There's a decided lack of fanservice in Ninja Wars. This hasn't been present in the Neptunia series for a while, but Senran Kagura fans will notice that everything is rather tame. Characters still have large breasts that jiggle in combat, but the amount of bounce has been toned down. Special attacks focus on the flashiness of the attack minus gratuitous shots, and cut scenes have also been toned down to match the game's "Teen" rating. You can chalk it up to Sony's newfound stance on issues of this nature, or an indication that the Neptunia team was more in charge so this entry had to match those standards. Of all of the games in Marvelous' shinobi series, Ninja Wars is the one you could show non-fans without getting too many questions.


The gameplay can be split into two distinct types. The cut scenes take on a visual novel flavor; you get large portraits of the characters speaking, each one in various poses to display emotions. It isn't as involved, as you don't use these moments to make choices that can change the direction of the narrative, but they catch your attention. Both the Senran Kagura and Neptunia games have used visual novel cut scenes to tell their tales before, but it feels more pronounced here. Finish the game, and you can safely say that half of what you went through was a cut scene in this style. Unlike the other Neptunia games, there isn't much in the way of animations. You see mouth movements but no body sway, which is a tad disappointing for those who loved those extra touches. It is rather telling that the game features the ability to progress through the dialogue, fast forward it all, or outright skip it. That's a boon for those that want to get to the action.

Before you get into the fights, you must first explore an overworld system that's reminiscent of the mainline Neptunia RPGs. Everything from town exploration to entering a new dungeon is menu-based, which makes things go quicker when you're shopping or changing out orbs and talismans for your characters. Chatting with villagers is also done here, and while some of the stuff is fluff, other chats go into full-blown visual novel territory, regardless of whether the dialogue is essential.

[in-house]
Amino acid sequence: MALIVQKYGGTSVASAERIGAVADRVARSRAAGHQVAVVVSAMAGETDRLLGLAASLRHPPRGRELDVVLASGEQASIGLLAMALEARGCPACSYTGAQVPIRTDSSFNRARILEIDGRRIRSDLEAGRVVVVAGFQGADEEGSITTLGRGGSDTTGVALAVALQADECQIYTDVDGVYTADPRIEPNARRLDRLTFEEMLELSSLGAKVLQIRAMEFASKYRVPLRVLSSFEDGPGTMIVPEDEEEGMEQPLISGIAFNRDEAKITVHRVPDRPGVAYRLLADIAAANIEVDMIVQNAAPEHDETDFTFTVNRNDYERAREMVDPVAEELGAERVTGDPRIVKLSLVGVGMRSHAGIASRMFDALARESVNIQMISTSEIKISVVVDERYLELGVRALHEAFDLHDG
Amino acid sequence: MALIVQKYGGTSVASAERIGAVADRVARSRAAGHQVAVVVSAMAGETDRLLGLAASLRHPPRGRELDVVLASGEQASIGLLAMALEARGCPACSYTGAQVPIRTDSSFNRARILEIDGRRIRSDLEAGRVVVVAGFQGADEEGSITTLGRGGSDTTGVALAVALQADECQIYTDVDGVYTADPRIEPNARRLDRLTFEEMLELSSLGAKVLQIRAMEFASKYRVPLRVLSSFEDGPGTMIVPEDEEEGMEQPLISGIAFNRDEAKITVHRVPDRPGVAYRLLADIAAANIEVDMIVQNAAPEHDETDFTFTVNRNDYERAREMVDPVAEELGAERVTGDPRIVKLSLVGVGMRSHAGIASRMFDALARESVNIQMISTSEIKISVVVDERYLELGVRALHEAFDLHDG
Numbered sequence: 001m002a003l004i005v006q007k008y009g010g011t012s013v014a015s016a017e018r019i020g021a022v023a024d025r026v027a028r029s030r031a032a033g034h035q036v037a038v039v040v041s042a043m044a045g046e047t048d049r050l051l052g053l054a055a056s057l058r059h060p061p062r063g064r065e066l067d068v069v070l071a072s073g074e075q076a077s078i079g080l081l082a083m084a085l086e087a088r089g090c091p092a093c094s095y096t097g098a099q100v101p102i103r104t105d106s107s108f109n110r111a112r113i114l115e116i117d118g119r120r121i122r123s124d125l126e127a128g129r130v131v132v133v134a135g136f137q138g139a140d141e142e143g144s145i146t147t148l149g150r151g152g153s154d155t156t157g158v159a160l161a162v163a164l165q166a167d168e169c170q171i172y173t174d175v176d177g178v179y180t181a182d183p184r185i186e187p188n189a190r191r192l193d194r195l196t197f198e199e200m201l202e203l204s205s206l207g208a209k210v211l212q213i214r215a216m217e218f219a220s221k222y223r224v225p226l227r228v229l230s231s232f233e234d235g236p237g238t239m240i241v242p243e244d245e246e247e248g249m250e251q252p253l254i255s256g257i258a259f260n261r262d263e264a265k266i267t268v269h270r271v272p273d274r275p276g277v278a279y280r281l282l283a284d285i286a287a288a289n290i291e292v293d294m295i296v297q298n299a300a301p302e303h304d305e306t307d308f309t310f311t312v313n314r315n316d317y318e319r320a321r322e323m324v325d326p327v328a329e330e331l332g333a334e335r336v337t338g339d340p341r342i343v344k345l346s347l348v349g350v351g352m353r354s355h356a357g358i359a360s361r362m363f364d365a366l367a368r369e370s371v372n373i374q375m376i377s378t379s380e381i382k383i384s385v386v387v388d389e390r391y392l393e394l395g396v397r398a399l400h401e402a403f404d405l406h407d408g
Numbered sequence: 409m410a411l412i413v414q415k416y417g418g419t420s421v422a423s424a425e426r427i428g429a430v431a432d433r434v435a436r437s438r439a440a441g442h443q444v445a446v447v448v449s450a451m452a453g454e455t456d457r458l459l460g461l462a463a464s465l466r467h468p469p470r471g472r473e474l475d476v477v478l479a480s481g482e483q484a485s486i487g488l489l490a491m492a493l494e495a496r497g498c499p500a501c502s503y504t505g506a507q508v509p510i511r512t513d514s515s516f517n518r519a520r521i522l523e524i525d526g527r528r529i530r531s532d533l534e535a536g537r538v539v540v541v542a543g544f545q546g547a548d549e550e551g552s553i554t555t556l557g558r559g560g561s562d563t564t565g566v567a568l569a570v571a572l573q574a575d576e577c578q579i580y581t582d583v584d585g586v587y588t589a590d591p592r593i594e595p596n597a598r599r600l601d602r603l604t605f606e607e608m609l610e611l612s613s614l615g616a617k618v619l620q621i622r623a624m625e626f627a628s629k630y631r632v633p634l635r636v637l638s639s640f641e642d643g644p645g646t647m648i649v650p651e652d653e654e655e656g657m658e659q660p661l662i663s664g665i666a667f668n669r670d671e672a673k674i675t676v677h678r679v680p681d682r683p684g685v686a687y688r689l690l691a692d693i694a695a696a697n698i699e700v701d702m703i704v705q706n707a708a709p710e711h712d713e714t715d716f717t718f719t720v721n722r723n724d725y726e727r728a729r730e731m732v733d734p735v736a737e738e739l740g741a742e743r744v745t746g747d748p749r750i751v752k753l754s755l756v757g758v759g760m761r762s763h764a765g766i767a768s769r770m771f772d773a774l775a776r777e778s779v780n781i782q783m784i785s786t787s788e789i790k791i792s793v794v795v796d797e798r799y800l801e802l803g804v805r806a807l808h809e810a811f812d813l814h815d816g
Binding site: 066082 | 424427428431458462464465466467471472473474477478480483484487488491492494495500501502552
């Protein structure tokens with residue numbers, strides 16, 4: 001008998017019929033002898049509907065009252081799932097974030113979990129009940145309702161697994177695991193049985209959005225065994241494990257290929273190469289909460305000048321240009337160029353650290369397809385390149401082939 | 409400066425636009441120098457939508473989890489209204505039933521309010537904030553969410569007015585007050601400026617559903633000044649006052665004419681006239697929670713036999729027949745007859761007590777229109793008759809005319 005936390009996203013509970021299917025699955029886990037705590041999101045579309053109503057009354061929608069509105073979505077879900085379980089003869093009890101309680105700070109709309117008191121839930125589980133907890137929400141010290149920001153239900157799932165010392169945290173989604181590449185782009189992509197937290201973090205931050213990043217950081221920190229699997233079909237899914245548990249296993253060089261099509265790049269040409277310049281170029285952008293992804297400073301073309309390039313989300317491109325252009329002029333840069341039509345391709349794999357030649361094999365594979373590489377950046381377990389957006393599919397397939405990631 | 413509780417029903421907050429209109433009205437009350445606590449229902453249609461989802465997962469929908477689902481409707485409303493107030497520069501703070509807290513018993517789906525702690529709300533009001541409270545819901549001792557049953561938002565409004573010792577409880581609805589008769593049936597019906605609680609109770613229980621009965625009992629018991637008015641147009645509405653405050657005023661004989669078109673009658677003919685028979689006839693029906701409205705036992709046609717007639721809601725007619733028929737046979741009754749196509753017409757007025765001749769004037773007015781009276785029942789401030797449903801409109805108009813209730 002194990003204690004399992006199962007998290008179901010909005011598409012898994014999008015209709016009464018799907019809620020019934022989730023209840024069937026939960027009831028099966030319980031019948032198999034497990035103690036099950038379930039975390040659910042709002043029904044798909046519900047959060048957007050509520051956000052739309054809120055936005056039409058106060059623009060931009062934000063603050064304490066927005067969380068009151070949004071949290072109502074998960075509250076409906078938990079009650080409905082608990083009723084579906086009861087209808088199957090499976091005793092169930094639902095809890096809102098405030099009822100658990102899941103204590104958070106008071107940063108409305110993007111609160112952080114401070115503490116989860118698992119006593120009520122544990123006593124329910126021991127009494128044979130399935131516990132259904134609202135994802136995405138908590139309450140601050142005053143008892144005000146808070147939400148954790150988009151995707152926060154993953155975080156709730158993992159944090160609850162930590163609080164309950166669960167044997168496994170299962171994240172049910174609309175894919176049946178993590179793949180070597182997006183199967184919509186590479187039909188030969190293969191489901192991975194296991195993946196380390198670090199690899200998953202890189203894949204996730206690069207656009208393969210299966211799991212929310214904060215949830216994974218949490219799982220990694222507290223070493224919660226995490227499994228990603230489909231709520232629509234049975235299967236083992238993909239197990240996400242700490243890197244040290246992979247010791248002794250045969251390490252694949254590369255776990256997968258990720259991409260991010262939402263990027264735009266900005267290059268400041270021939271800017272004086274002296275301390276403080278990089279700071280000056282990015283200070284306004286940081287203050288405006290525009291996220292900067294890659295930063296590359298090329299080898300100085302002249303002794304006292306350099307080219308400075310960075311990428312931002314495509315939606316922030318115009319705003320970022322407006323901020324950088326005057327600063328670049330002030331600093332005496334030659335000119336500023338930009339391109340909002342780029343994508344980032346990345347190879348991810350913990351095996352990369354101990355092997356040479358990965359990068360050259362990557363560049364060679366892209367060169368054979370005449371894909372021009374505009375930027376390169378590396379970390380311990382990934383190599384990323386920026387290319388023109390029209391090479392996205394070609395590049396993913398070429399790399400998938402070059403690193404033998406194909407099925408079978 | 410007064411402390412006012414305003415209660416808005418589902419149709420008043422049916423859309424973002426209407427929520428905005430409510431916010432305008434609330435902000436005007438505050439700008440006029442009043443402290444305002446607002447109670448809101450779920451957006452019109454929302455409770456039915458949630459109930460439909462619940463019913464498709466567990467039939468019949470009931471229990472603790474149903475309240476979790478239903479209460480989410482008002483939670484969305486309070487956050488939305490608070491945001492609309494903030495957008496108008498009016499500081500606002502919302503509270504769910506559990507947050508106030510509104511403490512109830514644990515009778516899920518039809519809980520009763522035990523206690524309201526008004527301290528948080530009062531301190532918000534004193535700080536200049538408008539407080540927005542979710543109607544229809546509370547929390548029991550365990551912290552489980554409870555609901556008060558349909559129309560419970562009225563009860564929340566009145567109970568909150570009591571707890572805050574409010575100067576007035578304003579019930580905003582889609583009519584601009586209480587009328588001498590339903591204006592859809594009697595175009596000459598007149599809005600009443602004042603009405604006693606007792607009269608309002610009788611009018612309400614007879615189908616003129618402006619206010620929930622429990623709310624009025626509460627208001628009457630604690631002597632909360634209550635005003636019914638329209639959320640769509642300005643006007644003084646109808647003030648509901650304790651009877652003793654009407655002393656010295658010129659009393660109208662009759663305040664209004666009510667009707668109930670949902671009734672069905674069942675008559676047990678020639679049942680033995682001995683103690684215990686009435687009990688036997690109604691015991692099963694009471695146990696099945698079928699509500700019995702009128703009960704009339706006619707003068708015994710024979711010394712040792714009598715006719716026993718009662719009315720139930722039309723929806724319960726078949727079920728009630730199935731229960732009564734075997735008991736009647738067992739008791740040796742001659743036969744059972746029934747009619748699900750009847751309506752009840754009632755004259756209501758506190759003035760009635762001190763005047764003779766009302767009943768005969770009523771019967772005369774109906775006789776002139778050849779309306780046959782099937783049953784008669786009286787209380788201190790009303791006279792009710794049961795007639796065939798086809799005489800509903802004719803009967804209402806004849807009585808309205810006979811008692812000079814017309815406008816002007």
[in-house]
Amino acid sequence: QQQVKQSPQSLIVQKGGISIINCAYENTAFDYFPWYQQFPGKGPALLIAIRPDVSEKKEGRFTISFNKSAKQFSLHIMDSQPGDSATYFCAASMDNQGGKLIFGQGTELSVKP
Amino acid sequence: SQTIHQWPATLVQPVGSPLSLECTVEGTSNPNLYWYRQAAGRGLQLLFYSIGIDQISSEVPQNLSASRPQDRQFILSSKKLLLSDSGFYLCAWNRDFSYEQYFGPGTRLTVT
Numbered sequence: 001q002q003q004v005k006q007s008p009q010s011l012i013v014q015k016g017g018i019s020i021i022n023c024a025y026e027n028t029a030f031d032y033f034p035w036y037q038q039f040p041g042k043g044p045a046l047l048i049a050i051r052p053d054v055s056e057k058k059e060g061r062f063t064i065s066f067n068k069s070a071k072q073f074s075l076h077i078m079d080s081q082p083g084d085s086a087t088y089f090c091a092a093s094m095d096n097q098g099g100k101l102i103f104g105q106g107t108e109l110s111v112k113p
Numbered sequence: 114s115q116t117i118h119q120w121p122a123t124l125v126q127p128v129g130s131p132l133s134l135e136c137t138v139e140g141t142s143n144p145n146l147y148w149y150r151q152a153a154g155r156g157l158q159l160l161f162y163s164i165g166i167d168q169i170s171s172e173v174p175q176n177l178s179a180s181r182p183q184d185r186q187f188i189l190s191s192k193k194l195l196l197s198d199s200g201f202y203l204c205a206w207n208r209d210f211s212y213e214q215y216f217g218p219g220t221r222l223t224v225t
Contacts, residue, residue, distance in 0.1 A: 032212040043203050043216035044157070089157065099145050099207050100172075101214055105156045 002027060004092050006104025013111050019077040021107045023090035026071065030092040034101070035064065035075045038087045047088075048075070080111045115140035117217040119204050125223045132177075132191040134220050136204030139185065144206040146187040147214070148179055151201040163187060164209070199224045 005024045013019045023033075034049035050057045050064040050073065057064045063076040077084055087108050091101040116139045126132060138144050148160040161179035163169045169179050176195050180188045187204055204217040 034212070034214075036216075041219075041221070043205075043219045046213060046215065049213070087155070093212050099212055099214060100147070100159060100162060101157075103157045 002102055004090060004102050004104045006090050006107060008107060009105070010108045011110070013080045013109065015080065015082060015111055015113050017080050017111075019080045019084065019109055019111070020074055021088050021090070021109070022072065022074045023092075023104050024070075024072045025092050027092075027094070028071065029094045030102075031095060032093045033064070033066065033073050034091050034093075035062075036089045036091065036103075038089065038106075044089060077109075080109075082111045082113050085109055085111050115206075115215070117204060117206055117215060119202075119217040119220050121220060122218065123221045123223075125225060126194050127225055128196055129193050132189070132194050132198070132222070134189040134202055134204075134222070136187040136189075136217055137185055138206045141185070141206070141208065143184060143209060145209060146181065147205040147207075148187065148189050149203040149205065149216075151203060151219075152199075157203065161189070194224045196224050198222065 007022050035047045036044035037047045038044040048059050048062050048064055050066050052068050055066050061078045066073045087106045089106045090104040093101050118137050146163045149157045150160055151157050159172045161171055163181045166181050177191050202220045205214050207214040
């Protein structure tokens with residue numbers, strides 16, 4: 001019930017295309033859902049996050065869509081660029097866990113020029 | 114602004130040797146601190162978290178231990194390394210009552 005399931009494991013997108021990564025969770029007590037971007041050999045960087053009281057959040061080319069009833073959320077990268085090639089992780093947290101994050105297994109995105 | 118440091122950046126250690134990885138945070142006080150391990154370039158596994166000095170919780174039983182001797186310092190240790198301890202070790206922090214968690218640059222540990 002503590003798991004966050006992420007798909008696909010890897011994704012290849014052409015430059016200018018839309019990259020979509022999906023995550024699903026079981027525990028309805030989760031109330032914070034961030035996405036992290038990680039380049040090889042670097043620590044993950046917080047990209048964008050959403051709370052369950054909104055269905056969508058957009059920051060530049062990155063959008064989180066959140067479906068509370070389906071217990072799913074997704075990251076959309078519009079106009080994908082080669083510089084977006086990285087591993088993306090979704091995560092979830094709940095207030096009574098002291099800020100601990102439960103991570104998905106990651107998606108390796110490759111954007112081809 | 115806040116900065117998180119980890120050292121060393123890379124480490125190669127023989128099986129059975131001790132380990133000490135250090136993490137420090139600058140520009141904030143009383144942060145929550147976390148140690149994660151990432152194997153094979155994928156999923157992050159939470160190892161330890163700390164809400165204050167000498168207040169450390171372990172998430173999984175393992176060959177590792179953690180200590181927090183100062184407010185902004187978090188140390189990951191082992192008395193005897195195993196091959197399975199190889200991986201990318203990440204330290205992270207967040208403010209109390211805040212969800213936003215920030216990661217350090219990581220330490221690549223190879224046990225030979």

Getting into actual gameplay places you in dungeons similar to Neptunia; they're decently sized with only a few branching paths. The fighting is closer to Senran Kagura, as you have a basic attack that can be chained with kunai or shurikens for combos. You can pull off super moves with your special meter, and you can also use jutsus that start with basic attacks but can be chained to deliver bonus effects, like poison damage or a quick defensive buff. There's some depth to the combat, as you can easily wipe out enemies with a well-placed combo, but button mashers will still feel at home. As a bonus, the game uses a tag system where you can switch out protagonists mid-fight to deliver combos and have someone heal up. Neither series has ever had this feature.


The combat system works despite its simplicity, thanks to how quickly you can bust out your moves. Everyone in the party levels up without being in a fight, so there's no need to grind whenever you switch party members. It isn't perfect, though. The number of enemies present on-screen during any fight have been toned down, so you're getting fewer monsters to work with. The lock-on system works decently some of the time, but the camera often hides a few enemies that are willing to take potshots, so you'll occasionally be surprised that your combo is broken by a stray attack.